Lobosco’s artwork is very expressive, as primarily evidenced by the wide range of emotions Cassie displays through her varied facial expressions. The characters are drawn with an emphasis on pretty sharp angles and medium-weight lines. The empty gutters afford greater attention to the action in the panels which Lobosco effectively fills with an abundance of lights and darks to represent both sides of Las Vegas. The lack of gutters is especially useful when it comes to showcasing events later on when Cassie is investigating a darkened hotel room. O’Halloran’s colors live mostly in the reds and blacks – both of which have come to define both Cassie Hack and Vampirella.

Hack/Slash vs. Vampirella #1 is a pretty fun and slick first issue. Cassie Hack is rarely out of her element, but when faced with Vampirella she might have to be a little more creative. Aldridge’s pacing is spot-on as the reader gets to enjoy a night in Las Vegas alongside Cassie in an organic way. Lobosco’s illustrations are a great fit for the tone as they handle the serious and the somewhat silly pretty effortlessly. Hack/Slash vs. Vampirella #1 doesn’t require the reader to be familiar with either characters to enjoy it, although it does require a sense of the macabre at times.

Hack/Slash vs. Vampirella #1 is available now.

Slots #1

“Gotta feed the luck meter.”

There are some people in the world who can get buy with a smile on their face and sheer luck. Those people typically drift in and out of situations without a worry in the world because they know that everything will work out for them in the end. Stanley Dance is one such character in Slots #1 from Image Comics. The issue is written by Dan Panosian.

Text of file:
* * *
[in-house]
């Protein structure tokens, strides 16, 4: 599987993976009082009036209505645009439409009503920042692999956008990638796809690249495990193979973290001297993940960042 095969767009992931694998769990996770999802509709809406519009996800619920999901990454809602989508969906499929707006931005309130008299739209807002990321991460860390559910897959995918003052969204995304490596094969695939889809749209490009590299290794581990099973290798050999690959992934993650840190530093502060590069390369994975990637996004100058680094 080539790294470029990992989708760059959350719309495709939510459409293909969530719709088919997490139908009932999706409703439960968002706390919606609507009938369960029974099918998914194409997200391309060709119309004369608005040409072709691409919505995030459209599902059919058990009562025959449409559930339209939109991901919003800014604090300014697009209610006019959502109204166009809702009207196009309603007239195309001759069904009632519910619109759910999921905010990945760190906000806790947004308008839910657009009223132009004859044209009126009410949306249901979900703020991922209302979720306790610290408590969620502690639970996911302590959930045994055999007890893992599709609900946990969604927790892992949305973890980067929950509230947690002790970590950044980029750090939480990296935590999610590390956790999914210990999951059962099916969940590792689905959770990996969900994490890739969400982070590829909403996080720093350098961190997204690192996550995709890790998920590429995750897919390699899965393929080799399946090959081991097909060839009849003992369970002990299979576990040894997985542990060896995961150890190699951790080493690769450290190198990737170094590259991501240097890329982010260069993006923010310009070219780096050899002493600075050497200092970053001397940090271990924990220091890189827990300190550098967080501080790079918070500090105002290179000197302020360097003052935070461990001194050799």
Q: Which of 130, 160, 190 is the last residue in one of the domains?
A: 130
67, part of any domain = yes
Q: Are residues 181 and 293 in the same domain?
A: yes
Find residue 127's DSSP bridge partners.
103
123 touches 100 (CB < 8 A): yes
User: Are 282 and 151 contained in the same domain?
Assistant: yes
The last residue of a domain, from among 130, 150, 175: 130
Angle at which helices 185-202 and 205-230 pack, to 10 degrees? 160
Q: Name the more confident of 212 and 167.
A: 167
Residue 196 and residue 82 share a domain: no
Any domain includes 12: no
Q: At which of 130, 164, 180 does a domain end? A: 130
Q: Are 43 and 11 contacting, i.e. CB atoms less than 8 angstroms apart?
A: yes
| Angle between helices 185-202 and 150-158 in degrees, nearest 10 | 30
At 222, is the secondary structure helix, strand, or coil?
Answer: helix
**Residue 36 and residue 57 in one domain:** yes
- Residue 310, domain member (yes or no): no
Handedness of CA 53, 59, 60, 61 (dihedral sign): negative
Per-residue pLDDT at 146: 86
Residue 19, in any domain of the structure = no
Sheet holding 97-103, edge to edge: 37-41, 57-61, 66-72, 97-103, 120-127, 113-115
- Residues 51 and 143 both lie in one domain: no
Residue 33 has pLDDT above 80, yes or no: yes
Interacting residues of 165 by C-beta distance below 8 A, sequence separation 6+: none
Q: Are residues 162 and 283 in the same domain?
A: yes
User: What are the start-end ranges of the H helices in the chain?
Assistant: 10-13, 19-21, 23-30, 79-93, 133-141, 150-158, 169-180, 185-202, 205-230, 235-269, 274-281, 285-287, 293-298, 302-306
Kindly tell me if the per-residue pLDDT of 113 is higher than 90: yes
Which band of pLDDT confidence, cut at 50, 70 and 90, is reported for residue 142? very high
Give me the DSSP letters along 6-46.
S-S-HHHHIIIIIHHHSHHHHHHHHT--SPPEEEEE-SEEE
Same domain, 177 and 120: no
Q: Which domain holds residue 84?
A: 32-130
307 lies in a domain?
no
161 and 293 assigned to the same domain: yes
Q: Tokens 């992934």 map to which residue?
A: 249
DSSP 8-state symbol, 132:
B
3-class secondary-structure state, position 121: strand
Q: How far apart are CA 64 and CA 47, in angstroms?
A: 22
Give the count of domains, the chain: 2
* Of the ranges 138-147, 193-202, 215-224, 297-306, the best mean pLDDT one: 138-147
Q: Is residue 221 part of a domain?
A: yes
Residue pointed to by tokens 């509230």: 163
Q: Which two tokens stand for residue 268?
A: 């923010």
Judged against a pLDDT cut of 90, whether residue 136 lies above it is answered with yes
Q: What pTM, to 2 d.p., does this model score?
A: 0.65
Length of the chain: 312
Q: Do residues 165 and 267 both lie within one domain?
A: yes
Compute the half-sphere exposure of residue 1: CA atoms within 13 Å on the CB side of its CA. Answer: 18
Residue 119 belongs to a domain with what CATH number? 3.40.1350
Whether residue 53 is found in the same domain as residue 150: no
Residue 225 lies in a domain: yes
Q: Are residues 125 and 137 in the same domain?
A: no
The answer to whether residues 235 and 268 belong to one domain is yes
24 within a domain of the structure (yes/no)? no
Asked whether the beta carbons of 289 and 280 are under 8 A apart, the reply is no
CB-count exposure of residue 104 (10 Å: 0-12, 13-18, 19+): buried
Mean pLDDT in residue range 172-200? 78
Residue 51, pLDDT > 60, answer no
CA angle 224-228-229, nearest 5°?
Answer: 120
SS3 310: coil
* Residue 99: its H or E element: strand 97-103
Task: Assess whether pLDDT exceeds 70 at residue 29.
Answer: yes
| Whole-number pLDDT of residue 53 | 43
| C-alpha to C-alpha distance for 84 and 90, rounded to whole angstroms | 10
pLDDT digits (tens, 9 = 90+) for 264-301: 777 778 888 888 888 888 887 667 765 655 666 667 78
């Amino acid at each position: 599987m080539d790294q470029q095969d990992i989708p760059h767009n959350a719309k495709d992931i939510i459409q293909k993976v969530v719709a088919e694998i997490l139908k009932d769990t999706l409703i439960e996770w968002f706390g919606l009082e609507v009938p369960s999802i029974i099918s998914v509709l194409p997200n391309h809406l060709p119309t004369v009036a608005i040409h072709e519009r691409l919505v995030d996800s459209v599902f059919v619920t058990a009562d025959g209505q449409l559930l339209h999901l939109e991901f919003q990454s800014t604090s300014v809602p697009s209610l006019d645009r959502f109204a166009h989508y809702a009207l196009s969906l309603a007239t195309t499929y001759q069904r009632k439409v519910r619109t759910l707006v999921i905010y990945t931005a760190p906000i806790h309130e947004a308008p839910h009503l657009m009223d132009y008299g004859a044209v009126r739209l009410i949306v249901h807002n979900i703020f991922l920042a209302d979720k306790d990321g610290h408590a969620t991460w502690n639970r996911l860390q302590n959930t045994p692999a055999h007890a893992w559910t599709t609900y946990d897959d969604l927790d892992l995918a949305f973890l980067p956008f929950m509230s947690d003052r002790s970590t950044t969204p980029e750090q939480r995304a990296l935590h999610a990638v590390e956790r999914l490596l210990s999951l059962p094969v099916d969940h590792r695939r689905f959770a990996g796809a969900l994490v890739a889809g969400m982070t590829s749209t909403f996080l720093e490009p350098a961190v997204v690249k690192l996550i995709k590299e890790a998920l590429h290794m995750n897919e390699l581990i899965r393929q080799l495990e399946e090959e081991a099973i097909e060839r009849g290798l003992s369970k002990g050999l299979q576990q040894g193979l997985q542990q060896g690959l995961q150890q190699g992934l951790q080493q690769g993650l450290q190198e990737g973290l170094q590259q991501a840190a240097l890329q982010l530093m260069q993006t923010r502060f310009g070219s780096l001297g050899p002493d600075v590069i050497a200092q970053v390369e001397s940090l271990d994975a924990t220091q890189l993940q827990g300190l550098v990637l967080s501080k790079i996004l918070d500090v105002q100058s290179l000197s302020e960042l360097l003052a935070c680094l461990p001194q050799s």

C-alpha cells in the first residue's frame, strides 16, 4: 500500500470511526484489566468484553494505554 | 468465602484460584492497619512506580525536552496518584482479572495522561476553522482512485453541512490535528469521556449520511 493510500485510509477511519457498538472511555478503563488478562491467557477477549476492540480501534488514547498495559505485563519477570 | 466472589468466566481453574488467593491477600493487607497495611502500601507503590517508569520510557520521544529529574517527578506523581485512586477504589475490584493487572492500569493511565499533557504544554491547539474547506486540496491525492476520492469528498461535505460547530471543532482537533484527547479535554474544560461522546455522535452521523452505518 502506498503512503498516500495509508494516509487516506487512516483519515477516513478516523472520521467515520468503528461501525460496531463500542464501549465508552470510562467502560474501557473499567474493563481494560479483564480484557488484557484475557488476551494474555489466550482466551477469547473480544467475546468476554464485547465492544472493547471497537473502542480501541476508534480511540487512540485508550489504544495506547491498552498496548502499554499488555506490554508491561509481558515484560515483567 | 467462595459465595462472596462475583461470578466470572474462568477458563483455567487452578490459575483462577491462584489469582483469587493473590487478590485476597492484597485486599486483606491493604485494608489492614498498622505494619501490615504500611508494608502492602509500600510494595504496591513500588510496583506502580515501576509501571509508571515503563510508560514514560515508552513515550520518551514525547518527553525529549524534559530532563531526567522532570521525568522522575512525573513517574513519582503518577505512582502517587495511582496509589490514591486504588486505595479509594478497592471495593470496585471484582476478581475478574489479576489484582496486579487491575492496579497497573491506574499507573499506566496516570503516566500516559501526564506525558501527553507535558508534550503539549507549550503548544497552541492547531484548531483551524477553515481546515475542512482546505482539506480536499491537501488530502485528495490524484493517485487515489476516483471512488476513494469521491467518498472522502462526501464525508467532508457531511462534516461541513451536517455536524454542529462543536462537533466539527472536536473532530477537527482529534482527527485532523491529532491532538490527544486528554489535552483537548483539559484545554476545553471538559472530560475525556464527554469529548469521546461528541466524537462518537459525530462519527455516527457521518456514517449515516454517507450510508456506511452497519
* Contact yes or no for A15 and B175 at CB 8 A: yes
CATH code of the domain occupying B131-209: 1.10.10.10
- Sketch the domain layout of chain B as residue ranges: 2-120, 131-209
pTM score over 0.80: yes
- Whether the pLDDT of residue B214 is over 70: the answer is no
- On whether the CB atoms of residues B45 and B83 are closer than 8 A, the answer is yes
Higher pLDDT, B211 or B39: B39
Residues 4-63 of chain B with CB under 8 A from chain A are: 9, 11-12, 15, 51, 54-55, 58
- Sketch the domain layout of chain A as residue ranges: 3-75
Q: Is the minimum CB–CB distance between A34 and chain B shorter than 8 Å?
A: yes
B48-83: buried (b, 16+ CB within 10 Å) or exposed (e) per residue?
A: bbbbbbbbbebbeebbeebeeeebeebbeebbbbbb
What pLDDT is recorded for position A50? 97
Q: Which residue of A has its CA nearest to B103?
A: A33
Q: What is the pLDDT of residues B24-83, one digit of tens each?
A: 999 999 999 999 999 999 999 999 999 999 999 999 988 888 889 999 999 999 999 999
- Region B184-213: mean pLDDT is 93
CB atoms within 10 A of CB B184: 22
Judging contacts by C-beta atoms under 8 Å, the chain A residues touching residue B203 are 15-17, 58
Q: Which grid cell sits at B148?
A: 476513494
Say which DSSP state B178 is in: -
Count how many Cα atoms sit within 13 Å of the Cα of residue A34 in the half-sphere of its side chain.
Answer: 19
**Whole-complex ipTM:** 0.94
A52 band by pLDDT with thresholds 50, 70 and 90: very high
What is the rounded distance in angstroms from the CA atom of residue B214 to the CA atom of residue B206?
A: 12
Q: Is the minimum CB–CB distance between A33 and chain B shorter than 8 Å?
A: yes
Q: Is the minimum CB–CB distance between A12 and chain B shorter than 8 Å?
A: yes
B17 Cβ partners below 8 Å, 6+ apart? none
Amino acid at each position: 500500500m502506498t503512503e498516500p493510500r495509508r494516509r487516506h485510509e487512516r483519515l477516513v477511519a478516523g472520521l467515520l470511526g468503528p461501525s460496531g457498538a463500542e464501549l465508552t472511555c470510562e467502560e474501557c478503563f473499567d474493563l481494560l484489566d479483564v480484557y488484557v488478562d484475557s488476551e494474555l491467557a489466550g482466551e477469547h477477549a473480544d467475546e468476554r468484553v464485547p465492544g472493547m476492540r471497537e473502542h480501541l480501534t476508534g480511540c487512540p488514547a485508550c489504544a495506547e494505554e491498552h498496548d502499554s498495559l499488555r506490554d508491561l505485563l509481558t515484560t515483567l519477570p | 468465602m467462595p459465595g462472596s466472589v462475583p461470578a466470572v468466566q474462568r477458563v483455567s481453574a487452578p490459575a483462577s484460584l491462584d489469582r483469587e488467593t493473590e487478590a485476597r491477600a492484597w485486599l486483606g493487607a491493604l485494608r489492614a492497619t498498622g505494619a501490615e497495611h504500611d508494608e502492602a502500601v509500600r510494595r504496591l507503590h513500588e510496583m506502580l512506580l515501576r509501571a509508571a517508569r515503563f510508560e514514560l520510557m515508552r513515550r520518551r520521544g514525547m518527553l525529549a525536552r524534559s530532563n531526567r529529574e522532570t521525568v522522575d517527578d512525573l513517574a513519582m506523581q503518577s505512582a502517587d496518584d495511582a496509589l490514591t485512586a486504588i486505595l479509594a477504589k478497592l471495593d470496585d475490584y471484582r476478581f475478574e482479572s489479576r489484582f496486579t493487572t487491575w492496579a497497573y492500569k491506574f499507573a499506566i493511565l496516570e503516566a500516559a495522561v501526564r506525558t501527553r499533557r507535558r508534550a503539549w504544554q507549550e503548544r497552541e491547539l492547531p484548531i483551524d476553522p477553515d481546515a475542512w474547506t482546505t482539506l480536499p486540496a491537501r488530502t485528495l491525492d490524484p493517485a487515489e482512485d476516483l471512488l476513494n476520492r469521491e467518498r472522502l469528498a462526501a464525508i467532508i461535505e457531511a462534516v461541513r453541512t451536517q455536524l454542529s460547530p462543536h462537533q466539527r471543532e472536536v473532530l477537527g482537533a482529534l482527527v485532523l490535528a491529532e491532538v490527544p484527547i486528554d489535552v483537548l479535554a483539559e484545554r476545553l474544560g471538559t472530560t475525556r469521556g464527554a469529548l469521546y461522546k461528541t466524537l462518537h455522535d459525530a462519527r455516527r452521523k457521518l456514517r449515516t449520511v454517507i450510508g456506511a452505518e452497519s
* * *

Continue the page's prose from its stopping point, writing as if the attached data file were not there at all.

You can say this about the life of Stanley Dance: he did it his way. Unfortunately, his way never took getting old into account. Now, the former boxer is on his last legs, looking for redemption…but he’ll settle for going down swinging.

Stanley Dance is a grifter with a propensity for getting into and out of trouble which is what Panosian emphasizes in Slots #1. Panosian has developed an entire universe for Stanley to interact with and that makes for a fascinating tale because it’s driven by Stanley’s choices – both past and present. As the reader follows along with Stanley’s return to Las Vegas, they’re drawn into his world as much as he is and really get a sense of what he’s up against. The variety of characters throughout allow Panosian the opportunity to ramp up the pacing of the issue into something that really gets more adventurous as it proceeds. And by the end of the issue, Panosian has introduced enough of Stanley’s universe that the reader is fully engrossed and looking forward to how he can manage any of the myriad of issues he’s now forced to contend with.

There’s a very sharp, stylized illustrative approach by Panosian that really gives the book even more of a freewheeling voice. Stanley looks grizzled and always sports a smug grin that tells the reader he oozes confidence. Panosian renders the characters with bold angles and thick, black lines throughout that give the characters plenty of weight. The backgrounds are somewhat sparsely populated, but Panosian includes enough detail that the reader can know what’s going on as well as getting a good sense of the glitz and glamour of Las Vegas. The colors are harsh, giving the book more of a sense that the walls could close in on Stanley at any moment.

Slots #1 has a lot of hallmarks of a story about a con-man returning to Las Vegas for the proverbial one last score. Stanley is no stranger to being in over his head and even seems keen on poking the sleeping bear. Panosian is crafting a very slick tale that will bring with it plenty of revenge and dangerous situations set against the backdrop of one of the “luckiest” places on Earth. Panosian’s approach on artwork is strong and lends depth to the characters. Slots #1 is a great first issue that sets the table extremely well for what looks to be a fast-paced and fun tale.

Slots #1 is available now.

    No Comments

Leave a Reply

Your email address will not be published. Required fields are marked *


Sorry. No data so far.



Read More